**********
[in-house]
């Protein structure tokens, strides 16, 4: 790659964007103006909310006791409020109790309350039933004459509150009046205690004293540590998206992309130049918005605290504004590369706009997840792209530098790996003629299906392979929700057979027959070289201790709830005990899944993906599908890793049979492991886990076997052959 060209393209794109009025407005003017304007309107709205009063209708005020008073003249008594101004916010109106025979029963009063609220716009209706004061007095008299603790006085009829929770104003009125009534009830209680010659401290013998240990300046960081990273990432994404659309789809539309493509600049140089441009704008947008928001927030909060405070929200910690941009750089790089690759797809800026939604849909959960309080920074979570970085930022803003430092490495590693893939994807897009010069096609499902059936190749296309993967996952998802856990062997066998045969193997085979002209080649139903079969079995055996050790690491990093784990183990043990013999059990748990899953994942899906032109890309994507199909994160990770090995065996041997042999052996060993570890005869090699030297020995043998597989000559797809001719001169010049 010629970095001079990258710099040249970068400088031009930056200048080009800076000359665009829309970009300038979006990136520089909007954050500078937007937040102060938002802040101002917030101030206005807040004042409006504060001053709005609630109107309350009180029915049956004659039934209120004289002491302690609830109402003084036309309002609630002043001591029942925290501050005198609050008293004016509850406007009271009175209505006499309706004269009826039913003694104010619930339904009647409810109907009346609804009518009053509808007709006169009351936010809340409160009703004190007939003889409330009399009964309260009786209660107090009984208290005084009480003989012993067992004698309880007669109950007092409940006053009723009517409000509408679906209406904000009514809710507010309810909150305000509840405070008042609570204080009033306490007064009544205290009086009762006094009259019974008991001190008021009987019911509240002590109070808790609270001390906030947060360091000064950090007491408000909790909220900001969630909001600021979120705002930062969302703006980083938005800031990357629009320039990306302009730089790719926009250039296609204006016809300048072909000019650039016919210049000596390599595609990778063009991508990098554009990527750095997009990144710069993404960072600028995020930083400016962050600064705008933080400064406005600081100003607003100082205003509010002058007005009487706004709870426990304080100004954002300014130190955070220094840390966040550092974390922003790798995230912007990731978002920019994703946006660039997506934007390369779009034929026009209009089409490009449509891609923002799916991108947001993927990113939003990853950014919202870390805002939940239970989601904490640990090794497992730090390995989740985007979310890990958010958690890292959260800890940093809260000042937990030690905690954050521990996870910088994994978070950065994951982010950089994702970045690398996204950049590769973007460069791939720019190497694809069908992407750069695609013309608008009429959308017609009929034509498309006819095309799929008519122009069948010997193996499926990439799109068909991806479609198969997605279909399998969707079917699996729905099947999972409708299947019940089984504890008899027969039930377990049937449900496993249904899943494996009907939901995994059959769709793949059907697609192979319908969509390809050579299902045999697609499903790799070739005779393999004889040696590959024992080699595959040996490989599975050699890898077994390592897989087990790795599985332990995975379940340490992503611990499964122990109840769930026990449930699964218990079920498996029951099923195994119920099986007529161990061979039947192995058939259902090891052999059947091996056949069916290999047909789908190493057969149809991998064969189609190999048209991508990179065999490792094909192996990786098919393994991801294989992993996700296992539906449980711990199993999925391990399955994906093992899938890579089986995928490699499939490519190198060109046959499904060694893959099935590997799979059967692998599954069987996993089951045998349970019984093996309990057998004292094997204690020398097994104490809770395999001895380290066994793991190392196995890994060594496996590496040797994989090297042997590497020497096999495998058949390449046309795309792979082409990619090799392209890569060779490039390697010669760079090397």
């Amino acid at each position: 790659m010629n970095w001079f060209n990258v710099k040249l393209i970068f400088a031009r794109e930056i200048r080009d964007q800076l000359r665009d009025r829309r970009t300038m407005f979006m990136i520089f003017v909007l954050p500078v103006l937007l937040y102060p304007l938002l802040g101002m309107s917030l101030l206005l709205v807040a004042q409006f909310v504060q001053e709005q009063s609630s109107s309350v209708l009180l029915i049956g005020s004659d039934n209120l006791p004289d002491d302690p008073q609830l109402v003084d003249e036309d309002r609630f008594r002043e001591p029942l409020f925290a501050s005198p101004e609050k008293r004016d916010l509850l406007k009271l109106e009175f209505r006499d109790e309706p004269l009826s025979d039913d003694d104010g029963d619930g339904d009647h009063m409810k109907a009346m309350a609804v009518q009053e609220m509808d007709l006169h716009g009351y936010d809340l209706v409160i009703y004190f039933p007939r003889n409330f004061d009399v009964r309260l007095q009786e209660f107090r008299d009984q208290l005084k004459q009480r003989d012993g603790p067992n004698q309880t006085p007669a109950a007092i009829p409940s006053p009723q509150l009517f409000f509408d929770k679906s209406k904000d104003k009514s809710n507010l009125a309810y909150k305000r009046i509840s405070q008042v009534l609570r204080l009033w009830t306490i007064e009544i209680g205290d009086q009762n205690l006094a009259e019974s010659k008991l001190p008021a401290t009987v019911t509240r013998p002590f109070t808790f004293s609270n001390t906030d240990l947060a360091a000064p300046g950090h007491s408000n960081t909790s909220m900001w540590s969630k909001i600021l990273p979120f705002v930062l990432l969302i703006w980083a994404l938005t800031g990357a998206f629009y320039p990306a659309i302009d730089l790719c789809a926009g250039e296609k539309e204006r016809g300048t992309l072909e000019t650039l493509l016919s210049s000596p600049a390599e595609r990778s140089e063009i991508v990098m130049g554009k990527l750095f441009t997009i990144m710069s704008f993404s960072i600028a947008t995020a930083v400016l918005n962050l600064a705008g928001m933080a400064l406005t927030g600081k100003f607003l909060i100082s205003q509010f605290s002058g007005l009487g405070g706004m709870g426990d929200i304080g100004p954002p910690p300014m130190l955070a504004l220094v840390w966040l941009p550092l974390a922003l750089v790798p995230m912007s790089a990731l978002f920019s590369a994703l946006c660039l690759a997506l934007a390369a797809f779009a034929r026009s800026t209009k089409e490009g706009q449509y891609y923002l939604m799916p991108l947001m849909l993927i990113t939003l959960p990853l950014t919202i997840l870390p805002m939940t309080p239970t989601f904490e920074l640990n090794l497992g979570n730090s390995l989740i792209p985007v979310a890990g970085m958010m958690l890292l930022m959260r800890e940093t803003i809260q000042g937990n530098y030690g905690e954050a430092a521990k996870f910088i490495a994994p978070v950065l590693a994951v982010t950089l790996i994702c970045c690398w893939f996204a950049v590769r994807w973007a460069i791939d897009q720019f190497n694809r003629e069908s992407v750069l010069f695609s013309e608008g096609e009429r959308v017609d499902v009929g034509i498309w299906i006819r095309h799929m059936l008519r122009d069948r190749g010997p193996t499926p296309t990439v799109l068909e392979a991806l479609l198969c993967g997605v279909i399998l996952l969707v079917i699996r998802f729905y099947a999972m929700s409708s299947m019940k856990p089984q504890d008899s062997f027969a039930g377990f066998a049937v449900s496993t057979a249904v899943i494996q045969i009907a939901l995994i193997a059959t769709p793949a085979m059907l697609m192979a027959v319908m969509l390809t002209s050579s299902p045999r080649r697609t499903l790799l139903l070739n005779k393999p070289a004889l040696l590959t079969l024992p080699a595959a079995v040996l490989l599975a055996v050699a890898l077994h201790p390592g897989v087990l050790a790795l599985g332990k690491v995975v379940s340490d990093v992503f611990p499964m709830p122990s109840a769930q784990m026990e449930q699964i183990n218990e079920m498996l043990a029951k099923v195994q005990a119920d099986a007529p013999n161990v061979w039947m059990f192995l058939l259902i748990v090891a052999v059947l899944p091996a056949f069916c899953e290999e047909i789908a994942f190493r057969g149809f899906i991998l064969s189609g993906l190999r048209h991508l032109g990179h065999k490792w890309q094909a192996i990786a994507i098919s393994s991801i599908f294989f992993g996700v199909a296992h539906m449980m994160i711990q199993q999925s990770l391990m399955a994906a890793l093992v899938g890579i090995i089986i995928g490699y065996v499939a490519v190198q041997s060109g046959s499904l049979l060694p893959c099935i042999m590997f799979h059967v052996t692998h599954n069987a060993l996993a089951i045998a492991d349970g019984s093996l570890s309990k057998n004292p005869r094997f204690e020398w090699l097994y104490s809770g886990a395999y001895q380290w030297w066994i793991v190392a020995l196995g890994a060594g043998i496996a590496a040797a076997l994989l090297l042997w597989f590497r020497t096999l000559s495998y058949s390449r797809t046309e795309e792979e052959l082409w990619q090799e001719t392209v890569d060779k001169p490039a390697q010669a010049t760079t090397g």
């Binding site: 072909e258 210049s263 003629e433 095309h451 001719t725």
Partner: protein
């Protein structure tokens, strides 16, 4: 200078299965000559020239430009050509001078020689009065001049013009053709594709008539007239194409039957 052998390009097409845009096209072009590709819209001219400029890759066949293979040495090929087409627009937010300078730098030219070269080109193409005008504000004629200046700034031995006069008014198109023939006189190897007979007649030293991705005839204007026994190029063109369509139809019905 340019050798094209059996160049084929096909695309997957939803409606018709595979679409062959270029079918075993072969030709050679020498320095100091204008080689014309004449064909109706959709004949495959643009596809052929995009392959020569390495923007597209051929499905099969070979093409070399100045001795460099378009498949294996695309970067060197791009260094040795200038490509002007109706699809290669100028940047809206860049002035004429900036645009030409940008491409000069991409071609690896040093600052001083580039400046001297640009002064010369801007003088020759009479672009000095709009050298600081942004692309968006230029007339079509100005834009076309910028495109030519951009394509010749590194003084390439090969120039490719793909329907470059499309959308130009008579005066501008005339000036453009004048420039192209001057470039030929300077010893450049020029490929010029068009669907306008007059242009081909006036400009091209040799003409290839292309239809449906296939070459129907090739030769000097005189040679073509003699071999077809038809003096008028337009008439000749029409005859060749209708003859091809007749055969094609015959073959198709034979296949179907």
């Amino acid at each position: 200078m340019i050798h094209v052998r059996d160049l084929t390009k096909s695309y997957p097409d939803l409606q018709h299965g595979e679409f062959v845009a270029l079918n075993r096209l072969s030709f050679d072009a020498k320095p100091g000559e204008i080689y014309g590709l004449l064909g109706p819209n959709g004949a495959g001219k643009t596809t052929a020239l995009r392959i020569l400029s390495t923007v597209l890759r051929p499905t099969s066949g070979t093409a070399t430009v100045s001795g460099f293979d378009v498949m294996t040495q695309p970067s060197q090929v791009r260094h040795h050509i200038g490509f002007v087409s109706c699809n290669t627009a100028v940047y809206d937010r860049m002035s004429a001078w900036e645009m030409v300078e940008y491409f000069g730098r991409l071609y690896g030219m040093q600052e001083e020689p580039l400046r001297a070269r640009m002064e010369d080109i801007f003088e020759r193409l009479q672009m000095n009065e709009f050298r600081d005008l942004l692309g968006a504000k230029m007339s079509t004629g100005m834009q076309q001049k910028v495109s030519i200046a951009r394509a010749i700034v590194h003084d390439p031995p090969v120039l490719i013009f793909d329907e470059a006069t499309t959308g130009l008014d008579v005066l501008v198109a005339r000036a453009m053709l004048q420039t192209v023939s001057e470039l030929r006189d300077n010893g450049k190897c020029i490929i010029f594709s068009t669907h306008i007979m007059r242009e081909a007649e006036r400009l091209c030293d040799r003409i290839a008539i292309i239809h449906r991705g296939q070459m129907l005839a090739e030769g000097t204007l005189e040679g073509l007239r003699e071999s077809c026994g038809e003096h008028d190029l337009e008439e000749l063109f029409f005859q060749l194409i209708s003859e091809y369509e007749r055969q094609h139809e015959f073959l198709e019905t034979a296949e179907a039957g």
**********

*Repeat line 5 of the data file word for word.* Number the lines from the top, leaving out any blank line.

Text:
Partner: protein